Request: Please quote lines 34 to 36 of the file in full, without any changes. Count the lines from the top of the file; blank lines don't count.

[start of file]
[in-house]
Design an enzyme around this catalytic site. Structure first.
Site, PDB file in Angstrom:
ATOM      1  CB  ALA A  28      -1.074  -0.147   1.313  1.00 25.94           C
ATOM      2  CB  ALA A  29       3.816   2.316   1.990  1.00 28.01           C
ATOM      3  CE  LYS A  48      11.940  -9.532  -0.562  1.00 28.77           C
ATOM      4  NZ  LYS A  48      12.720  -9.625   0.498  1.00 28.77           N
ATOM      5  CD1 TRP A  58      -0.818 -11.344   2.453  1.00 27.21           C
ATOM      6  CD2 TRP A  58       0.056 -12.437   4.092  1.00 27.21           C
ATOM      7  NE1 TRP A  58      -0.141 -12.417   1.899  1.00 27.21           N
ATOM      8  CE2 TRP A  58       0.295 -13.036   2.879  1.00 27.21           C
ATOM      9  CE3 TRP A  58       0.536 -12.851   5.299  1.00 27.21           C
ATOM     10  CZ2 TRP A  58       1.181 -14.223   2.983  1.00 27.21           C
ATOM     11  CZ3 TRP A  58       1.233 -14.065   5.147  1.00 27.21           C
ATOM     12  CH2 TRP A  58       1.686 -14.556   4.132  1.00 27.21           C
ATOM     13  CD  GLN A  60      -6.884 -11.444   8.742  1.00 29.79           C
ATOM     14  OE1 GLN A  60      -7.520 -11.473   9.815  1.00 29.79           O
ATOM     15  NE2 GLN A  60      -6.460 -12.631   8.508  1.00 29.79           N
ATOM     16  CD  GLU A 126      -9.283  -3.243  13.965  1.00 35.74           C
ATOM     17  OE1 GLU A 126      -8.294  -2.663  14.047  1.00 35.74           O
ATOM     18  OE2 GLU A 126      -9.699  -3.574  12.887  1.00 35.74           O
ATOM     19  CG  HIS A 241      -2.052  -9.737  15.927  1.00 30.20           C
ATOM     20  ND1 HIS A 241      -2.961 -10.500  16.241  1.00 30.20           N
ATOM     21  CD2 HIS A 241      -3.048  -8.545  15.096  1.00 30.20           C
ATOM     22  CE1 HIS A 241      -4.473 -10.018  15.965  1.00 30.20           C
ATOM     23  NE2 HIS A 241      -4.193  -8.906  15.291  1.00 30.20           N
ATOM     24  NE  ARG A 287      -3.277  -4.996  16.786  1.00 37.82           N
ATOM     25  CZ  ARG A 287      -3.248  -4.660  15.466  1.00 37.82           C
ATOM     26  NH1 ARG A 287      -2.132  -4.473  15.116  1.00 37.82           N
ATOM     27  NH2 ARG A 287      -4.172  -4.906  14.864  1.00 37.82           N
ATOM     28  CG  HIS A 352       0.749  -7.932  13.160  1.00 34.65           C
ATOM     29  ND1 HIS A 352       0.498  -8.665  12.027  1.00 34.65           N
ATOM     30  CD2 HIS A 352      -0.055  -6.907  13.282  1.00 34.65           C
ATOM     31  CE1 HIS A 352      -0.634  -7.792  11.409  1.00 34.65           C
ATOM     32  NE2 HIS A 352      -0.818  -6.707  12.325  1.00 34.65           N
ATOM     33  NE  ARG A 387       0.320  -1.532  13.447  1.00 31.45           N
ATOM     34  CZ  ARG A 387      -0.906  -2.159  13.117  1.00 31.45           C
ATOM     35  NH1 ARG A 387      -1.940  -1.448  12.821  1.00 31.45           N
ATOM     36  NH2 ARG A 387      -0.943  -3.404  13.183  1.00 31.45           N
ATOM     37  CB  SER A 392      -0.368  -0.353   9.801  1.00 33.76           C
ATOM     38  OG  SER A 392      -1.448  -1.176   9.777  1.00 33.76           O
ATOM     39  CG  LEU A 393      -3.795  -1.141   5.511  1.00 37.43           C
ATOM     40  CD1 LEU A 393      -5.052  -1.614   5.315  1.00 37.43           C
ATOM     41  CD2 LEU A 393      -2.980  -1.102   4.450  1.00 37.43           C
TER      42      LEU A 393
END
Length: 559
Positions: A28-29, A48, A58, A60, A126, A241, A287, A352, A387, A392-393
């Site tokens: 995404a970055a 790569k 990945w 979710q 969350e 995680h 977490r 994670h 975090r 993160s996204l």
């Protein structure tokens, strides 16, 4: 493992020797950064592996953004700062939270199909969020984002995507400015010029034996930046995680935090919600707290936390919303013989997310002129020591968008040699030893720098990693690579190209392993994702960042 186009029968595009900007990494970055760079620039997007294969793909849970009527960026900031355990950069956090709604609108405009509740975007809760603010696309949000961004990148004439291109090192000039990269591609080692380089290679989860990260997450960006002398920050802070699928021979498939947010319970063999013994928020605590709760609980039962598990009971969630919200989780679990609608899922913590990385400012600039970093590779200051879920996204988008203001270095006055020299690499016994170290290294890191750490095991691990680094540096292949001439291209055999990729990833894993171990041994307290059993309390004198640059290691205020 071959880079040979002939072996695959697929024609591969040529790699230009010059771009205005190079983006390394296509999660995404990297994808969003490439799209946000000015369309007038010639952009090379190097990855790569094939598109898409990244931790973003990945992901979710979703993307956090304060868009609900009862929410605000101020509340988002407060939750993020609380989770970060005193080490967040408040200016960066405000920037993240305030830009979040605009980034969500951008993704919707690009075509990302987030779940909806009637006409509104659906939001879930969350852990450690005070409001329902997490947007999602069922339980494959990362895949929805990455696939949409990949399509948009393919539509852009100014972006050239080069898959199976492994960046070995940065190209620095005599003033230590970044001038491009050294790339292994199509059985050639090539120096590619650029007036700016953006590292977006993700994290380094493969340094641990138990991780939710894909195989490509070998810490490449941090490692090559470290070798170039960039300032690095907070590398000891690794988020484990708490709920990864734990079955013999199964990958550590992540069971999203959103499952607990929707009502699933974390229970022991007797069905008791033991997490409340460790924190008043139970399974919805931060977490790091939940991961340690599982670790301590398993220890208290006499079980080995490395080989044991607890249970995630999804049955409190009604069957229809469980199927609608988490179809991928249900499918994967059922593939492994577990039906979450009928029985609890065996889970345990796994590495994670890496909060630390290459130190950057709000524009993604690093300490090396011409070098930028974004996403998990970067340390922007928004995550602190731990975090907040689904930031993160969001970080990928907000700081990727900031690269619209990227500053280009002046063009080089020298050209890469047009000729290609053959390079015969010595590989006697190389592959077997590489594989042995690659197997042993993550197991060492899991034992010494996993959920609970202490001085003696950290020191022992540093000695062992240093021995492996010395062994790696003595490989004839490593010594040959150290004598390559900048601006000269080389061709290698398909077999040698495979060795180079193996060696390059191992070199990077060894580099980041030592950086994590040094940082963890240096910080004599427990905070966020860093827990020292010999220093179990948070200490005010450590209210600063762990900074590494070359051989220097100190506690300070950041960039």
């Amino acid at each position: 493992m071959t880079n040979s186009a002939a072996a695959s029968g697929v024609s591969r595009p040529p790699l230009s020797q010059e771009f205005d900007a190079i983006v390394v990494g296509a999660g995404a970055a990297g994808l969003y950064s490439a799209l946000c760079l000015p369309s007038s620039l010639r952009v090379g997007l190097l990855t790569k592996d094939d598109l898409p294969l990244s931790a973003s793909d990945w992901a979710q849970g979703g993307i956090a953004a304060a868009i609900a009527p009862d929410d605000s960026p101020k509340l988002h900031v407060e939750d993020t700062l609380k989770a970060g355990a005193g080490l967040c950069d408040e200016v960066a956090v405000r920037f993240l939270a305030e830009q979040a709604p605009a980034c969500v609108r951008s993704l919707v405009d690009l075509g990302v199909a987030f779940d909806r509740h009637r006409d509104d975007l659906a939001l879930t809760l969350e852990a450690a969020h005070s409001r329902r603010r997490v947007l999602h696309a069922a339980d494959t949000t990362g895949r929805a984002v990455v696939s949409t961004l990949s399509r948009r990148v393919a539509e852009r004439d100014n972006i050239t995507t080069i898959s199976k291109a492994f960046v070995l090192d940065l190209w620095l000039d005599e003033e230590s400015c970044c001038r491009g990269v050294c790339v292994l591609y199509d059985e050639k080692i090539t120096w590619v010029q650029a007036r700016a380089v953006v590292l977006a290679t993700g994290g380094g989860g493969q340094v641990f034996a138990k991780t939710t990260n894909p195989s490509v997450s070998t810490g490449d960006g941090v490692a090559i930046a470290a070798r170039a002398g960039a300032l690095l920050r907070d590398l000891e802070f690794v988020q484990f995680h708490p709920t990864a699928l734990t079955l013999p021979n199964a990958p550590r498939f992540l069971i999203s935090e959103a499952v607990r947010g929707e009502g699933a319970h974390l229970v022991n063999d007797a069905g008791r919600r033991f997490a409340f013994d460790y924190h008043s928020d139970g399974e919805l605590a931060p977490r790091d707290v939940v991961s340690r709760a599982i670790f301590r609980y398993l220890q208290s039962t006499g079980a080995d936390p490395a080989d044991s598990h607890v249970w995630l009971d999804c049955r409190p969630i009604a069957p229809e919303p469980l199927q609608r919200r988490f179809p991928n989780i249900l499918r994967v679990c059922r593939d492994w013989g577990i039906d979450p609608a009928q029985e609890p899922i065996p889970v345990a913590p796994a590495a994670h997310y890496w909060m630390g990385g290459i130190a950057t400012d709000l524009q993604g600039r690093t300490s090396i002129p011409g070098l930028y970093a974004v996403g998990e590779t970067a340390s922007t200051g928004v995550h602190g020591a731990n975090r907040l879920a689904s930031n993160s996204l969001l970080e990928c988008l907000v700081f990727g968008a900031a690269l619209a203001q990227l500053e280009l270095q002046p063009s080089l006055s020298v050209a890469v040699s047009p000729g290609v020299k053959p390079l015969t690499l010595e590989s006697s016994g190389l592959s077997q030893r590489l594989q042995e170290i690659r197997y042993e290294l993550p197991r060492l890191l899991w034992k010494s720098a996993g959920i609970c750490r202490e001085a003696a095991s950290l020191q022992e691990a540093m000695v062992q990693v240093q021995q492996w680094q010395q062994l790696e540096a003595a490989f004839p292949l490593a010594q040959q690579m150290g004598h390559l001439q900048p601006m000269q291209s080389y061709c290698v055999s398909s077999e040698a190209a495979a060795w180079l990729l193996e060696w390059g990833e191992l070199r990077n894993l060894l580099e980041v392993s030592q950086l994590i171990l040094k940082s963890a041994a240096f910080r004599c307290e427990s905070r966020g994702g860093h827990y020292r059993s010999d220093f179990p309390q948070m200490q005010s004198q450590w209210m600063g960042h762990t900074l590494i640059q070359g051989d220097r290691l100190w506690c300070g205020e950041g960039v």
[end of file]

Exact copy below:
ATOM     31  CE1 HIS A 352      -0.634  -7.792  11.409  1.00 34.65           C
ATOM     32  NE2 HIS A 352      -0.818  -6.707  12.325  1.00 34.65           N
ATOM     33  NE  ARG A 387       0.320  -1.532  13.447  1.00 31.45           N